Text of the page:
But there’s more to the story.

T&C (often in the guise of parents) doesn’t stop pressuring for compliance when we become teens. All that changes is the “maturity” of the topics. When my friend became a teen, mom and dad started criticizing her appearance, clothes choices, and her body. When puberty hit, her mother spoke to her about how sex was “bad,” — something to be put up with and gotten past.

Both messages “went in,” with different expressions:

  • In my opinion she was quite attractive and well-proportioned. She needed to paint a self-portrait for Art Class, and I shot a portrait series for her. Lovely photos. Then I saw her sketches: she drew herself as old, ugly and fat. Because she had earned to believe that her that her body was “wrong.”
  • Although sexually active since 14, she doesn’t enjoy sex. She called it, “Going through the motions.”
  • Her best paintings are quite erotic, and as soon as she paints one, she does a mental “Bad girl!!!” and the next dozen or so are pap.

Each of her beliefs — her “good and bad list” — come from her formative years — and it is so for all of us.

As we get older, we do change some of the items on our “good” / “bad” list, but the hard part is getting people to buy the idea of doing away with lists entirely. The problem with lists is that they let people off the hook — from moment-by-moment, issue by issue thinking.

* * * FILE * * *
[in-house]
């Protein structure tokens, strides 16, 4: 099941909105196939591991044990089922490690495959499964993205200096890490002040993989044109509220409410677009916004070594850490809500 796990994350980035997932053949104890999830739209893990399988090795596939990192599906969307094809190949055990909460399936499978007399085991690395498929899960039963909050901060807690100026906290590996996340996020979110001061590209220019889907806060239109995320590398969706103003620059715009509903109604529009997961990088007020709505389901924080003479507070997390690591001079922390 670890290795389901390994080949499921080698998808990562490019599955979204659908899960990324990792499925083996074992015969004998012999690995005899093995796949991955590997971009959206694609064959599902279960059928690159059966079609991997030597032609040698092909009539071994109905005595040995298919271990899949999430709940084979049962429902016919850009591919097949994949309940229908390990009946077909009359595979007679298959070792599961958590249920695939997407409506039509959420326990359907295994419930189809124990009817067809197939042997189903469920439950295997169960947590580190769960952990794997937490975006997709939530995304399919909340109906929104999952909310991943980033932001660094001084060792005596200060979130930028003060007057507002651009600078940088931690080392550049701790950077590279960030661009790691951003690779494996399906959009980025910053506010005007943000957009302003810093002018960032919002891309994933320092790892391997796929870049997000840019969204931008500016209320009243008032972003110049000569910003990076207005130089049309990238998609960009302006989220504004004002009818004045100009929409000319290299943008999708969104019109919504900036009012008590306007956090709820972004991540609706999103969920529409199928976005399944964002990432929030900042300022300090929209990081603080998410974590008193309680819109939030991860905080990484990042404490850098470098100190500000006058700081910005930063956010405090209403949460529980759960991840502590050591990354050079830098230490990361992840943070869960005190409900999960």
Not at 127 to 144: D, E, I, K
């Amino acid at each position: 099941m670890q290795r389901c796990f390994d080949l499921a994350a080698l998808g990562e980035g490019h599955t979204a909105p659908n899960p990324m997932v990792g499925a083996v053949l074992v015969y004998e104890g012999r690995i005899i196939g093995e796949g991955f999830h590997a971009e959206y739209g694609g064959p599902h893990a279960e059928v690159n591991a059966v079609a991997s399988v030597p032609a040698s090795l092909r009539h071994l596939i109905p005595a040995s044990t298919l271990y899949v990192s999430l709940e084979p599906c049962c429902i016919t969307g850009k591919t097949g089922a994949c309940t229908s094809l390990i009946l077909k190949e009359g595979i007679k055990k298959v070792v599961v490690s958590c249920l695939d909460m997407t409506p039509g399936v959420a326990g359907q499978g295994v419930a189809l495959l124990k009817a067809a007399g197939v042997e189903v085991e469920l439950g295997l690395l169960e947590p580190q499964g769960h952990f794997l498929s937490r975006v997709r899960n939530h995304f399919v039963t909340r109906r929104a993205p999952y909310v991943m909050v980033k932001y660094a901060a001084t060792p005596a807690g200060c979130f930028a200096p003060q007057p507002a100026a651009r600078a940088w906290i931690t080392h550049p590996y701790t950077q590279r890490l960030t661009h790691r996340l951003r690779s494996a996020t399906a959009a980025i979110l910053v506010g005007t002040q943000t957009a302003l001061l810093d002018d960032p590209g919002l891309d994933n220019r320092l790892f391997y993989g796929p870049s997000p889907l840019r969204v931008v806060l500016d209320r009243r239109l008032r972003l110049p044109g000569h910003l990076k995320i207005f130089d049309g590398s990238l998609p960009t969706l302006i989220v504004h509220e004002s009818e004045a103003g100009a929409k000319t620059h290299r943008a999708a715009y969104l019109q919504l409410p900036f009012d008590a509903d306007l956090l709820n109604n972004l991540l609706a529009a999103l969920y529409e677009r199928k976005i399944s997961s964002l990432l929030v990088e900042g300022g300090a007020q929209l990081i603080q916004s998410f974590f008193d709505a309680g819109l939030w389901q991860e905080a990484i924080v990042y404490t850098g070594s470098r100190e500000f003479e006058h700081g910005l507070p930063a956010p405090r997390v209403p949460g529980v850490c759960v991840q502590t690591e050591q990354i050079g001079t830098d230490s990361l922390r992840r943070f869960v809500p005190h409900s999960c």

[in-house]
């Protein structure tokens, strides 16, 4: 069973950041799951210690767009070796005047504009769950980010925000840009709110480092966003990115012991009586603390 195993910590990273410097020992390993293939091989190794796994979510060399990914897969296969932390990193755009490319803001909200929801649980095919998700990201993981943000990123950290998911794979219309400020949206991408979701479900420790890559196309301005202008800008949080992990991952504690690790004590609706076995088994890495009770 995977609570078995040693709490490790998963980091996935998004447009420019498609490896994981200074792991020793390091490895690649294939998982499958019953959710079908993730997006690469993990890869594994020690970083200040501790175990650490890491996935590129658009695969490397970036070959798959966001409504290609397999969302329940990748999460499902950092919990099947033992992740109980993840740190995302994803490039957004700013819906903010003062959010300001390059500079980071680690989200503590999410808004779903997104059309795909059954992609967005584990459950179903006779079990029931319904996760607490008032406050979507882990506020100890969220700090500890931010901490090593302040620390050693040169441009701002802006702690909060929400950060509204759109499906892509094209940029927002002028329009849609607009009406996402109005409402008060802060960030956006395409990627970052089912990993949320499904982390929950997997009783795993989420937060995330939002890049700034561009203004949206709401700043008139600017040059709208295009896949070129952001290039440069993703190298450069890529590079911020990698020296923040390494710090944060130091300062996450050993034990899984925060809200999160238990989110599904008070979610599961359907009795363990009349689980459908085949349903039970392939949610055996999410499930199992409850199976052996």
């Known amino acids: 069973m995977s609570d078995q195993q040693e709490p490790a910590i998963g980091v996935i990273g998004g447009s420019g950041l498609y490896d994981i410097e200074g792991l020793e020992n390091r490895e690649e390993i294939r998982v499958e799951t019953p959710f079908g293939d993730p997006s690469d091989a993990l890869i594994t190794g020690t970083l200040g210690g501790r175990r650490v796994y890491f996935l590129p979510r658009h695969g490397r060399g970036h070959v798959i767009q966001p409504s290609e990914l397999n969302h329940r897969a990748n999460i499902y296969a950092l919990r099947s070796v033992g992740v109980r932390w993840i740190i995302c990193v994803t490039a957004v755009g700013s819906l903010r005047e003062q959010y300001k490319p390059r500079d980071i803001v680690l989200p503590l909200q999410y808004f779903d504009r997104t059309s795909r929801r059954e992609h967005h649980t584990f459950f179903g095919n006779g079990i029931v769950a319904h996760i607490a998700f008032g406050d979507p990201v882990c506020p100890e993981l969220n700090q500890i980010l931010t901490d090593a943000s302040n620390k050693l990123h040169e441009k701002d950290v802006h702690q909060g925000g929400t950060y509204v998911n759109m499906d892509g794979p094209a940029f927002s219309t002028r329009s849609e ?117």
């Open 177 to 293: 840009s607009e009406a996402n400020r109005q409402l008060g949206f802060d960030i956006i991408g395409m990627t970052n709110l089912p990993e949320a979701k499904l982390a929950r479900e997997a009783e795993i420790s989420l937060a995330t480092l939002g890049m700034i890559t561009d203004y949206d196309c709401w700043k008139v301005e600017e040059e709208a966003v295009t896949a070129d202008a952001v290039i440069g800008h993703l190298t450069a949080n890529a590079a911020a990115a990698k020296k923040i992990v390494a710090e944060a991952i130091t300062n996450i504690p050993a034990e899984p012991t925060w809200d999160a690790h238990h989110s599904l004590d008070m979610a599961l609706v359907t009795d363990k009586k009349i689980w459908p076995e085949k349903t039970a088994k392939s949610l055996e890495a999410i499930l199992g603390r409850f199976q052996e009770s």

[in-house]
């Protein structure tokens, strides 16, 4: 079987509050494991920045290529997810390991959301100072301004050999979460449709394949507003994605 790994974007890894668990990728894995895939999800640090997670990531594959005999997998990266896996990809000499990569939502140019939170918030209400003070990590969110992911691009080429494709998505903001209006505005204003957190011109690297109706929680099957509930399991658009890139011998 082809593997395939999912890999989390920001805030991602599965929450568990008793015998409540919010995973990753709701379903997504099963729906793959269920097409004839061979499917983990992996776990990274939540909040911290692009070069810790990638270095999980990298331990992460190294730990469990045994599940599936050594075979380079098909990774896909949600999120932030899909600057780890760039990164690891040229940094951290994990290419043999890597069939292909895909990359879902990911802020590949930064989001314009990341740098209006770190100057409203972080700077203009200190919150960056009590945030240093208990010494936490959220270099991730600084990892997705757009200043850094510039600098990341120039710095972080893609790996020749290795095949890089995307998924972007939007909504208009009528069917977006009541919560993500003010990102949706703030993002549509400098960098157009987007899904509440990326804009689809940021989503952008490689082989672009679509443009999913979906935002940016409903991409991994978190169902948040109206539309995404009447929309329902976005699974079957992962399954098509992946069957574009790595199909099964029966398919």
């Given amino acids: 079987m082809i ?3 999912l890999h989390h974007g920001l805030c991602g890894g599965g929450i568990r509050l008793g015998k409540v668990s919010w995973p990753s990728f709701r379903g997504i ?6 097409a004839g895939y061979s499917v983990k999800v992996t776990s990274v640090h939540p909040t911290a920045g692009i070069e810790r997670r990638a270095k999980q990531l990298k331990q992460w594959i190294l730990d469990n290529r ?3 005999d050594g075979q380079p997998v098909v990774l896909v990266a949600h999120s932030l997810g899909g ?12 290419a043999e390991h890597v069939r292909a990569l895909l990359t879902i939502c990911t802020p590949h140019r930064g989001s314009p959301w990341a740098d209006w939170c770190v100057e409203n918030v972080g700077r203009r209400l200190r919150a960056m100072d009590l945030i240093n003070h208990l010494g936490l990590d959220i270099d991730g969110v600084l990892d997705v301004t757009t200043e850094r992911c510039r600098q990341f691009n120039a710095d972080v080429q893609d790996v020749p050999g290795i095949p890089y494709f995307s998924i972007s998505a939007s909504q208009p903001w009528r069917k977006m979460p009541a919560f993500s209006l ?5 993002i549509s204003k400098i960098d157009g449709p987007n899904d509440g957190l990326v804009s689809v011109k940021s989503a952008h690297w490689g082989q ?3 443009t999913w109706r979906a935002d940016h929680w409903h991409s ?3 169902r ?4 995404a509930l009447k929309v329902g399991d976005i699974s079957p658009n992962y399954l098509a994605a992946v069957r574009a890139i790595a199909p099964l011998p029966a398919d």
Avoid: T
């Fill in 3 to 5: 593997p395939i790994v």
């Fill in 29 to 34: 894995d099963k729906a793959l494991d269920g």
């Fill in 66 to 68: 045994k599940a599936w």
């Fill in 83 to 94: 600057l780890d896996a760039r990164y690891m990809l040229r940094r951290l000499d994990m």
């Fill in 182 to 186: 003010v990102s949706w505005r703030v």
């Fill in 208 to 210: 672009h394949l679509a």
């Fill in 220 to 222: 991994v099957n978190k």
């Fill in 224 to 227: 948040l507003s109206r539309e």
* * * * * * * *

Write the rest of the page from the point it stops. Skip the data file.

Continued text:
And that’s too bad, because all people, given encouragement (notice that word en-courage-ment) have the ability to make ethical and behavioural choices situationally, and on the fly.

Since we met, Darbella and I have been experimenting with a radical idea. It’s simple. If something comes up and it has a knee-jerk “right / wrong” label attached, we explore it. If something scares us, we tend to do it. (see caveats, below.) And, if something interests us, we give it a shot.

This decision means that we are better able to spot any “right / wrong rules” we might have. We then examine the rule and see if it actually makes sense.